Austrian Felix Baumgartner has broken the record for the highest ever skydive by jumping out of a balloon 128,000ft (24 miles, 39km) above New Mexico.
The 43-year-old was hoping also to break the sound barrier during his descent - although that mark awaits confirmation.
Video cameras relayed the moment Baumgartner stepped from his balloon capsule to begin his fall to Earth.
It took just under 10 minutes for him to reach the desert surface below.
Only the last few thousand feet were negotiated by parachute. Once down, he fell to his knees and raised his fists in triumph. Helicopter recovery teams were on hand moments later.
None of the new marks set by Baumgartner can be classed as "official" until endorsed by the Federation Aeronautique Internationale (FAI).
Its representative was the first to greet the skydiver on the ground. GPS data recorded on to a microcard in the Austrian's chest pack will form the basis for any height and speed claims that are made.
Unofficially, the Austrian jumped from 128,097ft (24.2 miles; 39km). He fell for four minutes and 19 seconds, reaching a speed of 706mph (1,137km/h). These figures will undoubtedly change slightly once the chest pack information has been properly assessed.
There was concern early in the dive that he was in trouble. Baumgartner was supposed to get himself into a delta position - head down, arms back - as soon as possible after leaving his capsule. But the video showed him tumbling over and over.
Eventually, however, he was able to use his great experience, from more than 2,500 career skydives, to correct his fall and get into a stable configuration.
Even before this drama, it was thought the mission might have to be aborted. As he went through last-minute checks inside the capsule, it was found that a heater for his visor was not working. This meant the visor fogged up as he exhaled.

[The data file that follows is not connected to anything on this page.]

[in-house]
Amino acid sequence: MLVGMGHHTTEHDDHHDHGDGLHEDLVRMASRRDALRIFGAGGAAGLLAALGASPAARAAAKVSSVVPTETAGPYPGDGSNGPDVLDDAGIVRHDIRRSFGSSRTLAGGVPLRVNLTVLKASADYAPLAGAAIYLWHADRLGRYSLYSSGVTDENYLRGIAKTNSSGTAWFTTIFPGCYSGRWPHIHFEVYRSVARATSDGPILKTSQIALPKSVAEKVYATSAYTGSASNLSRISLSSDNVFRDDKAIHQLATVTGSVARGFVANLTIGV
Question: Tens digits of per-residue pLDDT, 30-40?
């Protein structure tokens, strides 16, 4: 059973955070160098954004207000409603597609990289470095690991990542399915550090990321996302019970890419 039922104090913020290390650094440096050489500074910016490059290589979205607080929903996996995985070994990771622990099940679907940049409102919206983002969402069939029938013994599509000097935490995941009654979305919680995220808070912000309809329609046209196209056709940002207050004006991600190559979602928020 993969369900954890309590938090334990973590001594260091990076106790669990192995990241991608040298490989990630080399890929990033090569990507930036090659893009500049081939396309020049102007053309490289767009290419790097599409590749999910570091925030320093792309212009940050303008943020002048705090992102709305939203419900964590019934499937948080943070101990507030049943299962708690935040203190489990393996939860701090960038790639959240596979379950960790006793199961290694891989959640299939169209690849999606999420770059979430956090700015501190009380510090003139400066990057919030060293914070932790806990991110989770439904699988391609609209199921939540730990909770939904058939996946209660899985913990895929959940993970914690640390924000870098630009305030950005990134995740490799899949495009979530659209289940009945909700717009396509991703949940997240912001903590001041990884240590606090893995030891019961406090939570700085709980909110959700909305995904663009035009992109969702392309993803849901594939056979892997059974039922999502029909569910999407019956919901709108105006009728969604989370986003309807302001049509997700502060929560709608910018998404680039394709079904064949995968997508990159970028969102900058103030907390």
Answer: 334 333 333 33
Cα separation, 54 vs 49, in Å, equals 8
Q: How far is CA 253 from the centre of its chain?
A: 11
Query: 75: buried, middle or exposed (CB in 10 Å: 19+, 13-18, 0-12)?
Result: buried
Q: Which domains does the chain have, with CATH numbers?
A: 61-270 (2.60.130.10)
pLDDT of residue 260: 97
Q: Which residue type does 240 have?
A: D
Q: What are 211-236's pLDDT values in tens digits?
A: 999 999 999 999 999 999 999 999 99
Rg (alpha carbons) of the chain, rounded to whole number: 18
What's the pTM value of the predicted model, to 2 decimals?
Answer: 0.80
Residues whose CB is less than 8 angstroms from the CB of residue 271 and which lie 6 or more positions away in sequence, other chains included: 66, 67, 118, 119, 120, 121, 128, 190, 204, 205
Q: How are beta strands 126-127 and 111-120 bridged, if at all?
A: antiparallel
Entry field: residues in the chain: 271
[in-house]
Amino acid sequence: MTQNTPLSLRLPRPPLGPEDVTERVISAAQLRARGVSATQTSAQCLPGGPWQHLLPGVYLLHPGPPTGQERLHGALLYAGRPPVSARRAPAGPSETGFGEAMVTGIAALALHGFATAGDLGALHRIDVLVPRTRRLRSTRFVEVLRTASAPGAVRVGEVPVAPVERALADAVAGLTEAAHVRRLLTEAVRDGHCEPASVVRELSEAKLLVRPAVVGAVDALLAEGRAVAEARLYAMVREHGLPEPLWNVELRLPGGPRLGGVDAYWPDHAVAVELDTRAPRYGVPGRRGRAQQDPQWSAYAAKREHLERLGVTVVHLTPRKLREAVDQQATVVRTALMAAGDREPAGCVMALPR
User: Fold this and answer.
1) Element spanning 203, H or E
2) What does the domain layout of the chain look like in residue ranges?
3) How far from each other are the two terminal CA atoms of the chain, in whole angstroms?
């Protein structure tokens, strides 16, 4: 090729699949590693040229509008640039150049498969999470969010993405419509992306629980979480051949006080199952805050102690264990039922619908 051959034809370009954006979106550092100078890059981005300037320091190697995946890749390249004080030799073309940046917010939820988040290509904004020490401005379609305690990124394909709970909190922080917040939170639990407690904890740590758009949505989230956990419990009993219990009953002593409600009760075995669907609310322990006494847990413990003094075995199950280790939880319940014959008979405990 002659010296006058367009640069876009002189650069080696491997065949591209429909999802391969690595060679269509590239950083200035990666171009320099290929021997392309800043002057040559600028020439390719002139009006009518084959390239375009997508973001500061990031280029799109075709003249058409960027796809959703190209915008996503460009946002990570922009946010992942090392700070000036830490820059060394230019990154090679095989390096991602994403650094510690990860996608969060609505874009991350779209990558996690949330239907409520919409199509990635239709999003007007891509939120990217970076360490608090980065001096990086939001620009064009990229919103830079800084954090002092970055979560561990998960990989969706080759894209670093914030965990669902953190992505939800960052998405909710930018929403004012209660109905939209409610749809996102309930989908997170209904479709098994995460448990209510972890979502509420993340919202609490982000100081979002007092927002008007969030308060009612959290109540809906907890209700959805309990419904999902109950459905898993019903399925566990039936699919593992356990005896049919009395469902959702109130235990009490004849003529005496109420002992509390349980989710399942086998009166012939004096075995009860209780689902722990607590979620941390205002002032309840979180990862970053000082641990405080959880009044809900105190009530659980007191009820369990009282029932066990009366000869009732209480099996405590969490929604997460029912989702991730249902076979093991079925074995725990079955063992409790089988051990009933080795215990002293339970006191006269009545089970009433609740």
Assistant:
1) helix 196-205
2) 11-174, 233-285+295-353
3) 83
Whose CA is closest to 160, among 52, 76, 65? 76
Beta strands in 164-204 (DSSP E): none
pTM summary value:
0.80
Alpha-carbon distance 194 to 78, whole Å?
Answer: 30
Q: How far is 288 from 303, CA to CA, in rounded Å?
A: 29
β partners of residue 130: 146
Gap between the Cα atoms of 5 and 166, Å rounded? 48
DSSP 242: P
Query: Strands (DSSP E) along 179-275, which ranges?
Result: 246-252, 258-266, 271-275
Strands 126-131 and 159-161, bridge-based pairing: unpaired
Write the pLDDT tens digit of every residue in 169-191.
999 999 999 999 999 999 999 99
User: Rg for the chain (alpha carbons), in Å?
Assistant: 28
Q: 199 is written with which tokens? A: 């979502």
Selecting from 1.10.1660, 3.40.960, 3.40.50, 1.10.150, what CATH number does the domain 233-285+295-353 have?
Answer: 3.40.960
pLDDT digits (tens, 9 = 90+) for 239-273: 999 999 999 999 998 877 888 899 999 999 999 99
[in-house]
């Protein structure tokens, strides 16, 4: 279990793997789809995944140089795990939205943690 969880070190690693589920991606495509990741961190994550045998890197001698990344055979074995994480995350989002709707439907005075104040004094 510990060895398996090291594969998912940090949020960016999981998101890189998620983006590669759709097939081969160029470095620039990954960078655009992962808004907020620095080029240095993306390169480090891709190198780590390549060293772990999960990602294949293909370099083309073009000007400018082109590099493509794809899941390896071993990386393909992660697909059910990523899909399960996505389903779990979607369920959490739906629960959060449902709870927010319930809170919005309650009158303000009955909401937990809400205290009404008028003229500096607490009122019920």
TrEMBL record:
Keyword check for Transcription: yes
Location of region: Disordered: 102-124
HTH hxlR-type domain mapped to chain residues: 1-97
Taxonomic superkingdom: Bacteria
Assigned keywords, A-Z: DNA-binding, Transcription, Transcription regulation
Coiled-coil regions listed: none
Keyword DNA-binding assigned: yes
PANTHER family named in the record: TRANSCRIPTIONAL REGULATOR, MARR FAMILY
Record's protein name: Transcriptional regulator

"This is very serious, Joe," he told retired US Air Force Col Joe Kiting, whose records he was attempting to break, and who was acting as his radio link in mission control at Roswell airport.
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The previous highest, farthest, and longest freefall was made by Col Kittinger, who leapt from a helium envelope in 1960. His altitude was 102,800ft (31.3km). (His mark for the longest freefall remains intact; he fell for more that four and a half minutes before deploying his chute.)
Col Kittinger, now an octogenarian, has been an integral part of Baumgartner's team, and has provided the Austrian with advice and encouragement whenever he has doubted his ability to complete such a daring venture.
The 43-year-old adventurer - perhaps best known for leaping off skyscrapers - first discussed the possibility of beating Col Kittinger's records in 2005.
Since then, he has had to battle technical and budgetary challenges to make it happen.
What he was proposing was extremely dangerous, even for a man used to those skyscraper stunts.
At an altitude of 120,000ft (36.5km), the air pressure is less than 2% of what it is at sea level, and it is impossible to breathe without an oxygen supply.
Others who have tried to break the records for the highest, fastest and longest freefalls have lost their lives in the process.
Baumgartner's team built him a special pressurised capsule to protect him on the way up, and for his descent he wore a next generation, full pressure suit made by the same company that prepares the flight suits of astronauts.
Although the jump had the appearance of another Baumgartner stunt, his team stressed its high scientific relevance.
The researchers on the Red Bull Stratos project say it has already provided invaluable data for the development of high-performance, high-altitude parachute systems, and that the lessons learned will inform the development of new ideas for emergency evacuation from vehicles, such as spacecraft, passing through the stratosphere.
Nasa and its spacecraft manufacturers have asked to be kept informed.
Jon Clark is the medical director on the team. The former shuttle flight surgeon lost his wife in the Columbia accident in 2003.
He said Baumgartner's experience could help save the lives of future astronauts who get into trouble.